Februarys edition of The Actuary featured my book review of Misbehaving: The Making of Behavioural Economics by Richard Thaler (bit.ly/1PKsp6A).
My favourite conundrum, which I posed to readers, was: "Guess a number from 0 to 100 with the goal of making your guess as close as possible to two-thirds of the average guess of all those participating in the contest."
I am pleased to say we had a number of respondents. Now, if everyone had responded rationally, they would all have answered zero and won the prize. But of course not everyone answers rationally. So the right answer to this particular conundrum is usually to choose a number pretty low that accommodates a few irrational (illogical or normal) people.
Well, in this experiment, it seems there were quite a few rational respondents, answering zero. But the average was 4.6 - a lot less than answers of around 20 from a typical cross-sections of 'humans'. So two-thirds of the average is 3.1. It means that our canny winner is Ian Rogers, who was closest with a guess of 1. No prizes for our winner I'm afraid, other than the recognition of being the canniest of them all.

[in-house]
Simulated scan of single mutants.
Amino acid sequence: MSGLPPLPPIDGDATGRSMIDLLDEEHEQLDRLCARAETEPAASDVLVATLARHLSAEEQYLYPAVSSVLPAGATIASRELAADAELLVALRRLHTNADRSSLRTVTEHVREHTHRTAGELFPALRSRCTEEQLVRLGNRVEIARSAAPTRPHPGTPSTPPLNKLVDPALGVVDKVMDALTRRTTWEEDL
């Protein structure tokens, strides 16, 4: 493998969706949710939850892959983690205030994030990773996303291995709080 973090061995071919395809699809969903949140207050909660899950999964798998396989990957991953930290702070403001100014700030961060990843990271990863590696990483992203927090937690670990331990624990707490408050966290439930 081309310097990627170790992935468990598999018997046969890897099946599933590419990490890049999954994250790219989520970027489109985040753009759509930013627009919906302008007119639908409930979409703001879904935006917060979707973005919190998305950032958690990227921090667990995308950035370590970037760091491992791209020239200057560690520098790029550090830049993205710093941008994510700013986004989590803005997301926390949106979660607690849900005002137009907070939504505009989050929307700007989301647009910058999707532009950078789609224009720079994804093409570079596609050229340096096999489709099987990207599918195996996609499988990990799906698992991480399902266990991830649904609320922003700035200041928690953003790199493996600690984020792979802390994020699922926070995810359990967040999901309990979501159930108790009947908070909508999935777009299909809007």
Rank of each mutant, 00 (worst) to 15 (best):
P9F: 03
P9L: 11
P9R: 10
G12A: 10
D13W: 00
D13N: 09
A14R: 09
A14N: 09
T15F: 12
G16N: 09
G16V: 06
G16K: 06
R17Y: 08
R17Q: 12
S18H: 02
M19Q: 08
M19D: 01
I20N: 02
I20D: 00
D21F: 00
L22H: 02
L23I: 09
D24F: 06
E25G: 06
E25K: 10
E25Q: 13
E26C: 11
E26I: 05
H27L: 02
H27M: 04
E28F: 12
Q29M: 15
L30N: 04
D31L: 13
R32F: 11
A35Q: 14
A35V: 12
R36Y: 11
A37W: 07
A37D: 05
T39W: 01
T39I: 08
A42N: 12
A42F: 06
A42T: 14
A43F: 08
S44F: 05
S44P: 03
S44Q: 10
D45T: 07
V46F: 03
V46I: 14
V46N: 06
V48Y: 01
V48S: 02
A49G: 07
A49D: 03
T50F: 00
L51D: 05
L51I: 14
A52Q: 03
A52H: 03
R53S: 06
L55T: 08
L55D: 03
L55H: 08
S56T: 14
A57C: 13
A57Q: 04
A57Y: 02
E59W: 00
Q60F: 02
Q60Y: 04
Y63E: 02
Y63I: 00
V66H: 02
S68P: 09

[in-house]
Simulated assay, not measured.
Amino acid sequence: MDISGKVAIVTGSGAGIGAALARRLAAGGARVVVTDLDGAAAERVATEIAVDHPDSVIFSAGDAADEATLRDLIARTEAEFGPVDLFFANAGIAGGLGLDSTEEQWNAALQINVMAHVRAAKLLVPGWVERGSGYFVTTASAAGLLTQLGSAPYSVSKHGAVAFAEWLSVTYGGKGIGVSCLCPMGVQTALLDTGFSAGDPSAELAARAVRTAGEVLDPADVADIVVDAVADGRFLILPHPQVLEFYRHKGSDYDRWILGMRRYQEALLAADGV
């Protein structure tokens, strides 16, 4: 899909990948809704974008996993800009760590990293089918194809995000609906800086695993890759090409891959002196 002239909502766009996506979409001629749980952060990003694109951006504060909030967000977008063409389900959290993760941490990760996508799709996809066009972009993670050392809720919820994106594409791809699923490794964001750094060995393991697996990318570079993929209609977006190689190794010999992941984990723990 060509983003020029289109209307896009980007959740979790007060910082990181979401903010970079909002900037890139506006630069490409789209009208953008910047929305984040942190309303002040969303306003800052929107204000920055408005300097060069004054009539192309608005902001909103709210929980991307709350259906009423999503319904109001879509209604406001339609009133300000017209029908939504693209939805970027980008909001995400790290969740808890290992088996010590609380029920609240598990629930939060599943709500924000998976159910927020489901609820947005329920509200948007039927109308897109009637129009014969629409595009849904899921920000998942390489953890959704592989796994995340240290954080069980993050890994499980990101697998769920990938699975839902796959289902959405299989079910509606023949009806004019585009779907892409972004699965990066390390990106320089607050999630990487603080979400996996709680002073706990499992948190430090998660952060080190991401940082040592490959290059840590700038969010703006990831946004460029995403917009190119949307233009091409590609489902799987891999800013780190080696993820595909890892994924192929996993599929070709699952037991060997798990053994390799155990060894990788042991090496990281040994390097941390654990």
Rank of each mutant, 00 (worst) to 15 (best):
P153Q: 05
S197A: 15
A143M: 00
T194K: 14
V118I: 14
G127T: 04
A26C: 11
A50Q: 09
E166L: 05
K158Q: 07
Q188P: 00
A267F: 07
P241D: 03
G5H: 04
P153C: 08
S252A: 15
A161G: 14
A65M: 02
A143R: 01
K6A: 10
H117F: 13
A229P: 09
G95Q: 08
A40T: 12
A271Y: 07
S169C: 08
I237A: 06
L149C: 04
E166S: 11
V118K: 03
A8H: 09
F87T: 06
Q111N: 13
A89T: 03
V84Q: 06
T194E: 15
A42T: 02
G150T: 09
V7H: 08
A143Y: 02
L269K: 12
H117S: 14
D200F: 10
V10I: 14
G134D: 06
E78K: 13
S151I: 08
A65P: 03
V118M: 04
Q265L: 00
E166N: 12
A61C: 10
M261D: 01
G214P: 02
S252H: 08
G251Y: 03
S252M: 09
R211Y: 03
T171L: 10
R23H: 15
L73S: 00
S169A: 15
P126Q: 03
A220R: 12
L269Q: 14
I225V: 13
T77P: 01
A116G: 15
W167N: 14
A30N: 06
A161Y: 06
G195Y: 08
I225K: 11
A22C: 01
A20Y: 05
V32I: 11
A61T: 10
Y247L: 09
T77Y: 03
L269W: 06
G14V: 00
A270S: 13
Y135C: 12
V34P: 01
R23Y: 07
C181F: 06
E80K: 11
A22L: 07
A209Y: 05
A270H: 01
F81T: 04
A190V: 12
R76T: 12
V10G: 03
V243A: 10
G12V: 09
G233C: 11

So what does this small experiment tell us? Well, it highlights how people do not always behave as rationally as we might expect, and this is worth bearing in mind when we're designing insurance or pension products. It also shows that actuaries are not immune to irrational behaviour, though much better than the population as a whole!